], with systolic and diastolic BP estimated as the mean of the nine baseline BP measures for each study participant.

      2.3 GenSalt dietary intervention

      After the 3-day baseline observation, the study participants received a dietary intervention including a 7-day low-sodium diet (3 g of sodium chloride or 51.3 mmol of sodium per day) followed by a 7-day high-sodium diet (18 g of sodium chloride or 307.8 mmol of sodium per day). BP was measured in the morning in triplicate following a standard protocol on days 2, 5, 6 and 7 of each intervention period using a protocol identical to that of the baseline examination. All BP observers were blinded to the dietary intervention phase. During the dietary sodium interventions, dietary potassium intake remained unchanged. Total energy intake was varied according to each participant's baseline energy intake. All study foods were cooked without salt, and prepackaged salt was added to the individual study participant's meal when it was served by the study staff. To ensure study participants' compliance to the intervention program, they were required to have their breakfast, lunch, and dinner at the study kitchen under supervision of the study staff during the entire study period. The study participants were instructed to avoid consuming any foods that were not provided by study personnel. One 24-h and two 8-h overnight urinary specimens were collected at the baseline examination and on the last 3 days of each intervention period to measure sodium and potassium. Overnight urinary sodium excretion was converted to 24-h values based on formulas developed from data obtained in a subgroup of study participants [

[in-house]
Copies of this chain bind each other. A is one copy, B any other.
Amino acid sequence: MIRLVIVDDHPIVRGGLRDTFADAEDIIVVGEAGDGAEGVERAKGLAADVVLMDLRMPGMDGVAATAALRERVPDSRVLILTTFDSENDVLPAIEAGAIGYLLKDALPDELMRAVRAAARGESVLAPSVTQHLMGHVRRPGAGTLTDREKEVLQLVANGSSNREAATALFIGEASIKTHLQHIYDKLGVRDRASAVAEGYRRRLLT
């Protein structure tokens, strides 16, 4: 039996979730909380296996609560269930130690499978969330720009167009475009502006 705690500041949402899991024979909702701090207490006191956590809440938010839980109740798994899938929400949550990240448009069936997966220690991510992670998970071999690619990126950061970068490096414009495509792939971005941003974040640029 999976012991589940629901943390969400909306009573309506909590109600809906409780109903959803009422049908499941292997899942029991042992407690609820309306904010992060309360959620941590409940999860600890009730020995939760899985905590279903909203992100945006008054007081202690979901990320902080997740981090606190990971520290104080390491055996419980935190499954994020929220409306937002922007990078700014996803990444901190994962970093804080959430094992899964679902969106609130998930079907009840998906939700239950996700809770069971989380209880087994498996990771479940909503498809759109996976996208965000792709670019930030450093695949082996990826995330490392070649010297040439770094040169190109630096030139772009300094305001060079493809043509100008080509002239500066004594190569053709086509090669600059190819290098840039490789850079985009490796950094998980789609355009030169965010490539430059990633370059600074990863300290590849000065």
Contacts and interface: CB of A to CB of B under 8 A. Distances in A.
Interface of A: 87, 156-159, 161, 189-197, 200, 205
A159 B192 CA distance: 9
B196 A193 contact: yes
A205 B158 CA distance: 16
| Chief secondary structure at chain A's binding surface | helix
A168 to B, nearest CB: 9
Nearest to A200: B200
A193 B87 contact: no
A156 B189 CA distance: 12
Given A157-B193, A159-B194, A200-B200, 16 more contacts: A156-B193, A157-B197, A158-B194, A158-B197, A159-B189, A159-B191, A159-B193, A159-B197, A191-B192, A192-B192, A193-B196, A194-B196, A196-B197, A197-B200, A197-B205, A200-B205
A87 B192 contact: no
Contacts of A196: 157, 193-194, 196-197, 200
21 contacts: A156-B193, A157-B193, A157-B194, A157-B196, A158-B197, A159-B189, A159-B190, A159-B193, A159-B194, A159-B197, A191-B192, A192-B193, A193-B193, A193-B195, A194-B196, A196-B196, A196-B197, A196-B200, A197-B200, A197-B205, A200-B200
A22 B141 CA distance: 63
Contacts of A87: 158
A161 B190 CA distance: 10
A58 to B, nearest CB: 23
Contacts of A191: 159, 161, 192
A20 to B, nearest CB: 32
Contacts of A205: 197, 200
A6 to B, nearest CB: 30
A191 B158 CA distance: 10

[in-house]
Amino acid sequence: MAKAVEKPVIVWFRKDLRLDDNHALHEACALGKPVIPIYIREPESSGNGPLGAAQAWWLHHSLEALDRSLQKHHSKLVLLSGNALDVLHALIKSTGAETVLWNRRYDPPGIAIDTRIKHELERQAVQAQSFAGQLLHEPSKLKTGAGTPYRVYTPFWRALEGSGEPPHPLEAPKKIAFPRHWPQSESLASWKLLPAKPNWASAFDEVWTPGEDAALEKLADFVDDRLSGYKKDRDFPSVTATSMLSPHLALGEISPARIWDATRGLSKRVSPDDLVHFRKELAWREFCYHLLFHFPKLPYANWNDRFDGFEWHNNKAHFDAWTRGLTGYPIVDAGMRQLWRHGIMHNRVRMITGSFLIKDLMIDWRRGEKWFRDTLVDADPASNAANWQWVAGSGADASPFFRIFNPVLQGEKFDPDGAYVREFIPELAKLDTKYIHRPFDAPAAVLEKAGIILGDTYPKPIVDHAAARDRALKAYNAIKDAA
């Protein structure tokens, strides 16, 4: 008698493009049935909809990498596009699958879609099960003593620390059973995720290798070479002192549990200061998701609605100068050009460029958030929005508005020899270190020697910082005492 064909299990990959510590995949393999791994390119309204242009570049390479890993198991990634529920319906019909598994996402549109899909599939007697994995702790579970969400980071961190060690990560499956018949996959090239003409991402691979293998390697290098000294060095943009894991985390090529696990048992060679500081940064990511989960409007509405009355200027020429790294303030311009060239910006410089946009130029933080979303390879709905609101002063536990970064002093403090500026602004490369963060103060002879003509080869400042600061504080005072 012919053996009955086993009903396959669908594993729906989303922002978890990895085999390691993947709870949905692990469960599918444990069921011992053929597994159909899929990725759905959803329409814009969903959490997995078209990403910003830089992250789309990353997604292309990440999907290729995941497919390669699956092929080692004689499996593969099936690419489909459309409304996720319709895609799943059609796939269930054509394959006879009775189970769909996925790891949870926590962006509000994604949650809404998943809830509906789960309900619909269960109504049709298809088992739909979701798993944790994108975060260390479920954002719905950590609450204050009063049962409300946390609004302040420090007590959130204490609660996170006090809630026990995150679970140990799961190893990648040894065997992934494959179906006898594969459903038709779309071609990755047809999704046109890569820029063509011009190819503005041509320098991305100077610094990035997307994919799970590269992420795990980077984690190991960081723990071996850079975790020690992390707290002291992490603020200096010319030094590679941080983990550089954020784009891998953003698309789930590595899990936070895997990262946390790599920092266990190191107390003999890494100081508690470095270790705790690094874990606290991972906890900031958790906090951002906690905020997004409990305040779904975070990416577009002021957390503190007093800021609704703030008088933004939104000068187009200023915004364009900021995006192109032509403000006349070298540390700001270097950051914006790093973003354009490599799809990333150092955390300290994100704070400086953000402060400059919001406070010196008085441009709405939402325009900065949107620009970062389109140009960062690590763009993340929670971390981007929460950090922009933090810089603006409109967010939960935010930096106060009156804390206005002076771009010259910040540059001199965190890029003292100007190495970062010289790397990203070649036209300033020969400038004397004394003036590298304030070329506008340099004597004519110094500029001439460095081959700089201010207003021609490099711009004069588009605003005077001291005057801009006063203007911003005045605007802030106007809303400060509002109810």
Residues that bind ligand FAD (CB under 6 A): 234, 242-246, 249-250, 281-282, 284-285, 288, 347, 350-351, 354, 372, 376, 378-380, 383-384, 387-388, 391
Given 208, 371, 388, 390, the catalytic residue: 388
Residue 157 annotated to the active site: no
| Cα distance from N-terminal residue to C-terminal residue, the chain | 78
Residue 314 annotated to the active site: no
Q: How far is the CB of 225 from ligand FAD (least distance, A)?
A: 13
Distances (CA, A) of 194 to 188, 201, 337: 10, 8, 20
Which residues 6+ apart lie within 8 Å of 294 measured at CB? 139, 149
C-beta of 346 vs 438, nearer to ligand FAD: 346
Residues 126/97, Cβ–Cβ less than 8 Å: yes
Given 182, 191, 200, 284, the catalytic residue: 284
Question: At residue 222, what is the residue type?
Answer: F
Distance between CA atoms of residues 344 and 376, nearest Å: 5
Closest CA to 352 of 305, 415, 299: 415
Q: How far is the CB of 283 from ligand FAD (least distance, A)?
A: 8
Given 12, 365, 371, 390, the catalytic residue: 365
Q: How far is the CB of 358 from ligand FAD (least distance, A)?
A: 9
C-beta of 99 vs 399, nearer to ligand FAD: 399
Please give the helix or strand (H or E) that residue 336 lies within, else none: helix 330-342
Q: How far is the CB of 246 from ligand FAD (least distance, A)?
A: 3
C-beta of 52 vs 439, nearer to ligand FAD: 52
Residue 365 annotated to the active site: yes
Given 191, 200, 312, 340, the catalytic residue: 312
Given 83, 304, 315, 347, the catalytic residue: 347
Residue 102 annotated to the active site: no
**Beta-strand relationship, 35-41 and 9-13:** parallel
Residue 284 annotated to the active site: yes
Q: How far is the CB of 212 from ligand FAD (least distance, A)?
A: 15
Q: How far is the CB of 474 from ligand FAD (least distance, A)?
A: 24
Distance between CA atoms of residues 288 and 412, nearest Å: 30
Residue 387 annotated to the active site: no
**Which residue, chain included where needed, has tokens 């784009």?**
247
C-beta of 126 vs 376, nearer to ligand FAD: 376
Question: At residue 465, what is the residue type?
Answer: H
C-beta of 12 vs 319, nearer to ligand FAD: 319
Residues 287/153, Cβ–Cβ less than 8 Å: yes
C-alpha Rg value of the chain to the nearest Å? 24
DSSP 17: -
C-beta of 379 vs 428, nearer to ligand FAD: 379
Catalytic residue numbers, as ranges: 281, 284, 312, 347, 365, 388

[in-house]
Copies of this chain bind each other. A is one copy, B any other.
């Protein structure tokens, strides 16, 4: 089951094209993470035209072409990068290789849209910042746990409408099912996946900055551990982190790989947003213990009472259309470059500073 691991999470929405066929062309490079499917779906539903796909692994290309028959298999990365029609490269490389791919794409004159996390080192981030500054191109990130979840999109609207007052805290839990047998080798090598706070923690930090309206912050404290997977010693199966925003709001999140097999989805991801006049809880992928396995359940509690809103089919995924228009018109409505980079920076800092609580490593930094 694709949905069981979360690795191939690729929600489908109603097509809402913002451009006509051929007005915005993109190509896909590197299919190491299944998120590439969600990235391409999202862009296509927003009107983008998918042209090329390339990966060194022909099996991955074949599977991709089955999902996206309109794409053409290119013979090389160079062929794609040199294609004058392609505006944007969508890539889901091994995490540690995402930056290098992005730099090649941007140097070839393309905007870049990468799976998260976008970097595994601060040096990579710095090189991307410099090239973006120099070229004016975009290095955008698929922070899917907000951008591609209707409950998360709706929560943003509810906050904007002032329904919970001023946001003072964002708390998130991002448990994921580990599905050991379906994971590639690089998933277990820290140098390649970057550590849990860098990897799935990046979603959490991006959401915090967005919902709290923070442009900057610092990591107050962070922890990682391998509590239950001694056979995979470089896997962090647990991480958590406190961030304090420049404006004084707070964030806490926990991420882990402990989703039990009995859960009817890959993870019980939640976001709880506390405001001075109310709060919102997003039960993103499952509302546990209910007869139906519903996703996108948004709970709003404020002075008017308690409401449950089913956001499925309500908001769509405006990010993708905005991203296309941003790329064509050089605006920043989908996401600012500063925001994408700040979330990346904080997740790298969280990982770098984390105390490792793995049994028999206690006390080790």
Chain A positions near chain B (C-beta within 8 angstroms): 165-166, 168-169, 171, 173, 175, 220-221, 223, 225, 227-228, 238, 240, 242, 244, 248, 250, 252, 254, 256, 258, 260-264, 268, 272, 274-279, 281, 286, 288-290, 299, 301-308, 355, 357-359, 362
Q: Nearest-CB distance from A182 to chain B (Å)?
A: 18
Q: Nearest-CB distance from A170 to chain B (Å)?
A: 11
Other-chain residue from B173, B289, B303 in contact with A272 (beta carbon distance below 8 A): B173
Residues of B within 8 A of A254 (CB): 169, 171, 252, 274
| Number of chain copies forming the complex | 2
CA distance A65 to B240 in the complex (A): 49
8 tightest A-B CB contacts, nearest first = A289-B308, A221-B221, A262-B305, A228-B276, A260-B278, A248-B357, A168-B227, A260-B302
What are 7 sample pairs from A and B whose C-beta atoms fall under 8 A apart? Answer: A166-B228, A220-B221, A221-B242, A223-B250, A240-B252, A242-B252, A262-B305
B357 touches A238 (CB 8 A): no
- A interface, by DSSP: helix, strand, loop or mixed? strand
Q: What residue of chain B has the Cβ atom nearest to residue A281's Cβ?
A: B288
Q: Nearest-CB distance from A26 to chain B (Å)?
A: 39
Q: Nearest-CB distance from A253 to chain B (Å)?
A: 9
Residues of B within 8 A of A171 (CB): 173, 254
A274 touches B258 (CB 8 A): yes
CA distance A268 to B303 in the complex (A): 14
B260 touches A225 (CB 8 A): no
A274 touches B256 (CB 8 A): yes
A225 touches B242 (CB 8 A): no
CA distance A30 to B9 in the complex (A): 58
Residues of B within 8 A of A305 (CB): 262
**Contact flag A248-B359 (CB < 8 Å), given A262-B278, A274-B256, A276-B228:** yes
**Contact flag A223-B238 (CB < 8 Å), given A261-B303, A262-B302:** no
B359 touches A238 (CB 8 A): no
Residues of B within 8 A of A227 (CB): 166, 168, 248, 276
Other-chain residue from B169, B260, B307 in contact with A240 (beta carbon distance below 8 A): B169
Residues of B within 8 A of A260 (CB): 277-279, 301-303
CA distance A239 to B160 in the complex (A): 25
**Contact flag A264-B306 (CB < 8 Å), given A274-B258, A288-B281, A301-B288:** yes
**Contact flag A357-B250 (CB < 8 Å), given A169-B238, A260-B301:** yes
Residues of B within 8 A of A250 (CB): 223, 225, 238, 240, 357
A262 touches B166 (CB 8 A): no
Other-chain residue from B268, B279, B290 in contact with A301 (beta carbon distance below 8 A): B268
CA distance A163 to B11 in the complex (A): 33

GenSalt: rationale, design, methods and baseline characteristics of study participants.
      ]. The results from the 24-h urinary excretions of sodium showed excellent compliance with the study diet [